As British politics has become more quasi-presidential, so the election campaign has increasingly focused on the party leaders. Much of the discussion in the 2015 campaign has focused on the question of whether Ed Miliband is up to the job of being prime minister.
But even if other party members are not being brought to the fore, Miliband is supported by a [large shadow cabinet](http://www.bbc.co.uk/news/election-2015-32222519](http://www.bbc.co.uk/news/election-2015-32222519). Some of them are hardly household names – but these are people who could be running the country before long, so it’s worth looking over their records.
The money man
One of the best known faces on the Labour team is shadow Chancellor Ed Balls. There have been reports of tensions between him and Miliband, with Balls said to be more business-friendly than the Labour leader. In a recent BBC interview, Miliband had to be pressed into saying Balls would be chancellor if Labour won the election.
The main role for Balls in the campaign has been to undermine Conservative claims that the economy is recovering while arguing that Labour has policies that are less austere but still fiscally responsible.
Balls has been pushing the message hard in the final weeks of the campaign but had to take a pause on April 28 to acknowledge Ed Balls Day.
Arguably, any publicity is good publicity, particularly if it makes you look human – and Balls approached the occasion in good humour by retweeting the infamous post.
Harriet Harman, Labour’s deputy leader, faces accusations that she is robotic and lacking in humanity.
She has had a rather low profile in the campaign, with very little national media coverage in the closing weeks. Harman still pops up from time to time in her pink bus, dropping in on marginal seats to talk to women voters. The bus was intended to encourage women to get involved in the campaign and politics, but became the subject of much derision, thanks to the choice of colour.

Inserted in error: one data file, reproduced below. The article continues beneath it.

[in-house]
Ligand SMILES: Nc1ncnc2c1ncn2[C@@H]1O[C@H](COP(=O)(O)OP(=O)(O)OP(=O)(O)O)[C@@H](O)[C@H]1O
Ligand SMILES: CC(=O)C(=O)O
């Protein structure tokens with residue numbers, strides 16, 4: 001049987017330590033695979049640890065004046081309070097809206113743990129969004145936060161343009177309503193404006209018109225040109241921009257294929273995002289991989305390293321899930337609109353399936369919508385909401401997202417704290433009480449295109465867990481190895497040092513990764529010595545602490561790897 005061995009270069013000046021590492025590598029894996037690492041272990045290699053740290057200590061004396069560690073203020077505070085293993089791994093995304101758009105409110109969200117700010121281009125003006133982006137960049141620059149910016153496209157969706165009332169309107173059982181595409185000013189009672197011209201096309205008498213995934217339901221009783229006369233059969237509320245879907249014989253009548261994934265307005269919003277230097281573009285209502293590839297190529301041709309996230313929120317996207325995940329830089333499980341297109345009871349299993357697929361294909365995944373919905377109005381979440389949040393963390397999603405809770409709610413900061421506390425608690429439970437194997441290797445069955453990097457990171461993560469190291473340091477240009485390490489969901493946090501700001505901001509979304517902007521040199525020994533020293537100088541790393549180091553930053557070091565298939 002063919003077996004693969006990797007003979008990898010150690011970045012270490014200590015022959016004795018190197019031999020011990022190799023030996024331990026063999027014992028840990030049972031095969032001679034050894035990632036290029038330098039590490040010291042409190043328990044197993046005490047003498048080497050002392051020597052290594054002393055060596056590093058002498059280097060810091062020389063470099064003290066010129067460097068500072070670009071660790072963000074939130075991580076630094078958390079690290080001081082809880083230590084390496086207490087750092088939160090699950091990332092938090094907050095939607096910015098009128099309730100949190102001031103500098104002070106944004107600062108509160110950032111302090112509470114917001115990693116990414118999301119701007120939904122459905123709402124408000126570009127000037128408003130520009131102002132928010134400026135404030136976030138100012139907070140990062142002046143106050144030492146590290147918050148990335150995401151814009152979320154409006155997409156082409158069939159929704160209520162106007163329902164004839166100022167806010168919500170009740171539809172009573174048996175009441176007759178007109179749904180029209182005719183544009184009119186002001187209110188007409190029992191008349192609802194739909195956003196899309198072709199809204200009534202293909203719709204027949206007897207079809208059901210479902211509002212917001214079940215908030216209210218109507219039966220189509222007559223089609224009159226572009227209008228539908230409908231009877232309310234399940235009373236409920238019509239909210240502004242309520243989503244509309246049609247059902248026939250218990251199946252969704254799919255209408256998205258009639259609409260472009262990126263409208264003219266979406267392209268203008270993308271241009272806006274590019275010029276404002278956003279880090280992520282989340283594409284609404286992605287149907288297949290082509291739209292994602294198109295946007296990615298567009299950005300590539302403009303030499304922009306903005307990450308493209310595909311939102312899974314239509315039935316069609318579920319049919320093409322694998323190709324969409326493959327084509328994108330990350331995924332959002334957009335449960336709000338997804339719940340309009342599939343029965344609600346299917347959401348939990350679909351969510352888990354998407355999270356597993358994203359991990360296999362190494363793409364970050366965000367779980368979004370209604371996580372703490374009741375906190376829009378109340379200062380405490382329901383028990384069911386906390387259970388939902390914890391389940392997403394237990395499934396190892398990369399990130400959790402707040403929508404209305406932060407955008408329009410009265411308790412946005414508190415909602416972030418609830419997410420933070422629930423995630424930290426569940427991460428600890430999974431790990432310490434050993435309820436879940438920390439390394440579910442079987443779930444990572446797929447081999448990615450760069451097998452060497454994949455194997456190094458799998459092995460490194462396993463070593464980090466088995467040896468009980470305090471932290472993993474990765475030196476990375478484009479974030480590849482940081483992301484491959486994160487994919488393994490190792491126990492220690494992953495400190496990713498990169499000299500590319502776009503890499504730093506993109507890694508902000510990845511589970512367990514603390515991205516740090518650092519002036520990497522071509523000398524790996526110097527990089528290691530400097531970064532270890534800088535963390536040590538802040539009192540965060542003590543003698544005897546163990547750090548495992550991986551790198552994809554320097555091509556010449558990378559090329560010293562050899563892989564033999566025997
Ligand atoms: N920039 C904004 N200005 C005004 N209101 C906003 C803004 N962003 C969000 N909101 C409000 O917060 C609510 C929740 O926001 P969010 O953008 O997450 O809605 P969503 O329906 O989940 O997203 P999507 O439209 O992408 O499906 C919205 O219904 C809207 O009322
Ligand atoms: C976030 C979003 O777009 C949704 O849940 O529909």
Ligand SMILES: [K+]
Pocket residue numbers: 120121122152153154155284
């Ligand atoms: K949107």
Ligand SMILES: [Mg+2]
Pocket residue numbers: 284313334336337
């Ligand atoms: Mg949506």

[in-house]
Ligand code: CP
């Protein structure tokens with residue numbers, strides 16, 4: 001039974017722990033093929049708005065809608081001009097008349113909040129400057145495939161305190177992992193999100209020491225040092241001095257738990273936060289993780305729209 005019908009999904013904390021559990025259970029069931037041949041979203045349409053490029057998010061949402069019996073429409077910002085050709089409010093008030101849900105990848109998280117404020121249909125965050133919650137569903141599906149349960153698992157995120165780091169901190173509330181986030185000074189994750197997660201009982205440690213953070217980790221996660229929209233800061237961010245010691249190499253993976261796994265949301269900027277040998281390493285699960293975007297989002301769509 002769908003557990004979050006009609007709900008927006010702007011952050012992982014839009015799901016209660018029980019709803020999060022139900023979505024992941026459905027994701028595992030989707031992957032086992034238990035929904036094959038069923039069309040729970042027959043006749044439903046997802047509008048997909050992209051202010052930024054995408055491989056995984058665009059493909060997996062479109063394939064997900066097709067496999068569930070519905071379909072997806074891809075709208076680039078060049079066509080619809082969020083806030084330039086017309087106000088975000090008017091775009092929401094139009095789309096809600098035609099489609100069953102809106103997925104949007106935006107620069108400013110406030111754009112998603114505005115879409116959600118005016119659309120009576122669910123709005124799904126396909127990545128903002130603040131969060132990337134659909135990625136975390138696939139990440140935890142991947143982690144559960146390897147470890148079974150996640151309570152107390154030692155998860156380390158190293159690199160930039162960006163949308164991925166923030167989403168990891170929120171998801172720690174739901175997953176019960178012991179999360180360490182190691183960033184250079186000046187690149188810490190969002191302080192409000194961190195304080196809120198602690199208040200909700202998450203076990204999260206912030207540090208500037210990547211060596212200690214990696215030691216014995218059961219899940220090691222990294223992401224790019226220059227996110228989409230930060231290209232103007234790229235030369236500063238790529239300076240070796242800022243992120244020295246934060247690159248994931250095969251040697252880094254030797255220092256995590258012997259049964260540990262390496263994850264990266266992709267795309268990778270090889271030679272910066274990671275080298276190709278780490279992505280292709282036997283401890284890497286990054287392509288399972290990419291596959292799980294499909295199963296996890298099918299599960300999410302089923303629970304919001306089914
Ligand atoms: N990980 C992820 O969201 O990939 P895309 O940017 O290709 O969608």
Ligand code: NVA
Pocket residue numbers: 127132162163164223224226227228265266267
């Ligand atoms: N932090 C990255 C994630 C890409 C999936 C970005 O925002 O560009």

Ed Miliband has refused to confirm that Harman would be his deputy prime minister in the event of a Labour victory, but it is what she expects.
However, you have to wonder what the role of a deputy prime minister would be in a Labour government. Nick Clegg used the position to keep an eye on things across government, but may have regretted not having a major departmental post. When John Prescott held the post in the last Labour government, he was parodied in Private Eye as the man in charge of the working man’s club.
Of the other shadow cabinet members who are potential occupants of the major offices of state, Douglas Alexander, the shadow foreign secretary, is probably the most concerned for the future. He looks to be at risk of losing his Paisley seat to a 20-year old student standing for the SNP.
This was the fate that befell Patrick Gordon Walker as shadow foreign secretary in the 1964 election. He lost to a Conservative and his career never recovered.
Yvette Cooper, the shadow home secretary, has no such worries, but home office issues have not featured prominently in the campaign and she has had a low profile.
More attention has been paid to the pugnacious shadow health secretary, Andy Burnham, who has been tipped as a possible future leader. Tristram Hunt, the shadow education secretary, has attracted attention because of his posh first name and questions about whether, having been privately educated, he would send his child to private school.
Chuka Umunna, meanwhile, has been one of the most prominent members of the shadow cabinet, thanks to his interesting back story as the son of an immigrant and his supposed star quality.
Quite where he stands in the party, and who he would rather see as leader (including himself) remains unclear. Still, that does you no harm if you have leadership ambitions. He might also hope to be a future chancellor or home secretary.
If Labour wins the election, it will be interesting to see if these contenders all get the jobs they are expecting. But what’s certain is that none of them is likely to have a major influence on the outcome, barring some disastrous gaffe. The strategy is to push Miliband to the front of the pack as much as possible – and with his stock apparently on the rise, it may at last be working.